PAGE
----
Also, consider what kinds of habitat structures are needed for your fish to nest. Different fish species need different kinds of structures for spawning. For instance, many catfish species nest in hollows or shallow caves. Sunfish, trout and bass use gravel for nesting beds. Carp lay their eggs on vegetation in the shallows. If you wish your fish to reproduce, include the necessary structure.

Choosing Fish Species

Make sure you choose fish species that are appropriate for your backyard fish farming system. Trout require water to remain high in oxygen and cool throughout the year. Sunfish, such as bluegill or pumpkinseed are more resilient. They are a pan-sized fish that grow fast, reproduce relatively quickly and do very well in many kinds of ponds.

Larger, more predatory fish such as bass or perch require more space and more food. Bass are also often cannibalistic and therefore, can quickly eat most of their smaller relatives out of a pond. They are not ideal for most backyard fish farming systems.

European carp are a popular food fish in Europe and Asia and opinions about them are changing in the USA. They are omnivorous, adapt well to changes in ponds and grow quite large. Tilapia are another extremely adaptable species that is fast growing, easy to raise and feed. Please respect your local laws about what species to introduce into your pond, as some species such as tilapia or carp may be regulated or even prohibited in your area.

backyard fish farming


If you want to maximize the production of your backyard fish farming pond, you may have to feed your fish. There are a variety of commercially available feeds. Keep unused food frozen to maintain quality. Also, limit your feeding significantly during periods of cold weather as fish tend to be much less active.

You can also consider creating habitat for the prey of your chosen fish species, so that there is a continuous supply of wild feed. In larger, well-designed backyard fish farming ponds, wild foods can provide much or all of the food needs of your fish. This kind of setup does not, however, allow for a large amount of annual harvest.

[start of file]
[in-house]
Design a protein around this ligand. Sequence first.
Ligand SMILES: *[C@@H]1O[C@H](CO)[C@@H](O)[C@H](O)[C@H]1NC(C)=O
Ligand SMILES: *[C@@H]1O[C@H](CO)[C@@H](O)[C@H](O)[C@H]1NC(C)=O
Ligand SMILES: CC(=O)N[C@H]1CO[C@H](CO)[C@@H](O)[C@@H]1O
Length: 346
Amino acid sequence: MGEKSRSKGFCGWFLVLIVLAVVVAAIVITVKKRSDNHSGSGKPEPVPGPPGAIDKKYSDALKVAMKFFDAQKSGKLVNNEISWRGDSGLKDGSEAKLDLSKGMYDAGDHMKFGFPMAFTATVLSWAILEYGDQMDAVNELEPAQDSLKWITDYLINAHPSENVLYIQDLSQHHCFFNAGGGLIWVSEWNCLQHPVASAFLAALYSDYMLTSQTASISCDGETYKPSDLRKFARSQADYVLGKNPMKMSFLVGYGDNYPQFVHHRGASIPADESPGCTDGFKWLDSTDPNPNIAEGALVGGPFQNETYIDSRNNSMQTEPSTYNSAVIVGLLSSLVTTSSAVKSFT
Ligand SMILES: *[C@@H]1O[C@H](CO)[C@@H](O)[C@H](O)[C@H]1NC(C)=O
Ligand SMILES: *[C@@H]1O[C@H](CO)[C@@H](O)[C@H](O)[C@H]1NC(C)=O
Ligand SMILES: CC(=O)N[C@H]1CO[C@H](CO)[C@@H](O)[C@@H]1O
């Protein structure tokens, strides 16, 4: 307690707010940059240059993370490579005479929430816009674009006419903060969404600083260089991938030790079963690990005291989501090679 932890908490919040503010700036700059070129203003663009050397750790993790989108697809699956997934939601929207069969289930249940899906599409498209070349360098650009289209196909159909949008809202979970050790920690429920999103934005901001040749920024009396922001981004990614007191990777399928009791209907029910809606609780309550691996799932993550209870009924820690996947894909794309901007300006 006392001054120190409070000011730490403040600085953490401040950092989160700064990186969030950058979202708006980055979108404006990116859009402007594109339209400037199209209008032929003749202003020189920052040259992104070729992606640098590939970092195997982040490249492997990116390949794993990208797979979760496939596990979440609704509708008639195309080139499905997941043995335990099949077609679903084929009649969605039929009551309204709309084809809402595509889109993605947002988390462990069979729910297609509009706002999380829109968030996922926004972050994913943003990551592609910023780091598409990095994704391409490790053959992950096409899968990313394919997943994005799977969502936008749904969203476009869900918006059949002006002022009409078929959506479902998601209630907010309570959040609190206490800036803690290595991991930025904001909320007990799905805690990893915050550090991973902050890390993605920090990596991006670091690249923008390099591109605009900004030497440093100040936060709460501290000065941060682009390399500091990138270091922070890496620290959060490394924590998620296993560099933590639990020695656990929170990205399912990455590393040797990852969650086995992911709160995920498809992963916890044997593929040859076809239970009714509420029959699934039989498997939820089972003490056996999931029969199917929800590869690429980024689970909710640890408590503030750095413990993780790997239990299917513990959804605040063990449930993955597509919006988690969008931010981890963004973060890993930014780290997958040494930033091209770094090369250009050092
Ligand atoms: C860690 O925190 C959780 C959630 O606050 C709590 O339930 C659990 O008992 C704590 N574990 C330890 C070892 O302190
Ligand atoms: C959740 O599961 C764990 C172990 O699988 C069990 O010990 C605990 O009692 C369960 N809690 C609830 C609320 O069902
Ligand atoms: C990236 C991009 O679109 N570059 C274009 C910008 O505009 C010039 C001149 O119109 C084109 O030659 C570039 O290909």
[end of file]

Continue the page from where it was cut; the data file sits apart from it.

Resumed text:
Remember, how much you need to feed depends on how many fish you want to harvest annually. If you desire a backyard fish farming pond crowded with fish, you definitely need to do a significant amount of supplemental feeding.

Ecological Sensibility and Sustainability

When creating a backyard fish farming system, there are some important considerations to keep in mind. Make sure that your pond does not become a source of pollutants such as excess nitrogen or as a source of release for an invasive species. If you keep such species as tilapia or European carp, make sure there is no possibility for them to escape into a nearby lake, stream, river or other waterway.

Before acquiring any kind of fish for your pond, check in with your local Fish and Game department regarding regulations and permits. The laws are there for good reason, so please respect and abide by them.

Keep an eye on your pond, and if you notice the presence of a highly invasive species of plants or other organism, take the steps to remove and neutralize it. Again, contact your local Fish and Game department for more details.


There are a variety of ways to discourage predation. Setting up netting over your pond can keep aerial predators away. For herons, setting up baffle wires, made of thin fishing line can also keep them away. These lines trip the bird up and discourage it from wandering through the shallows.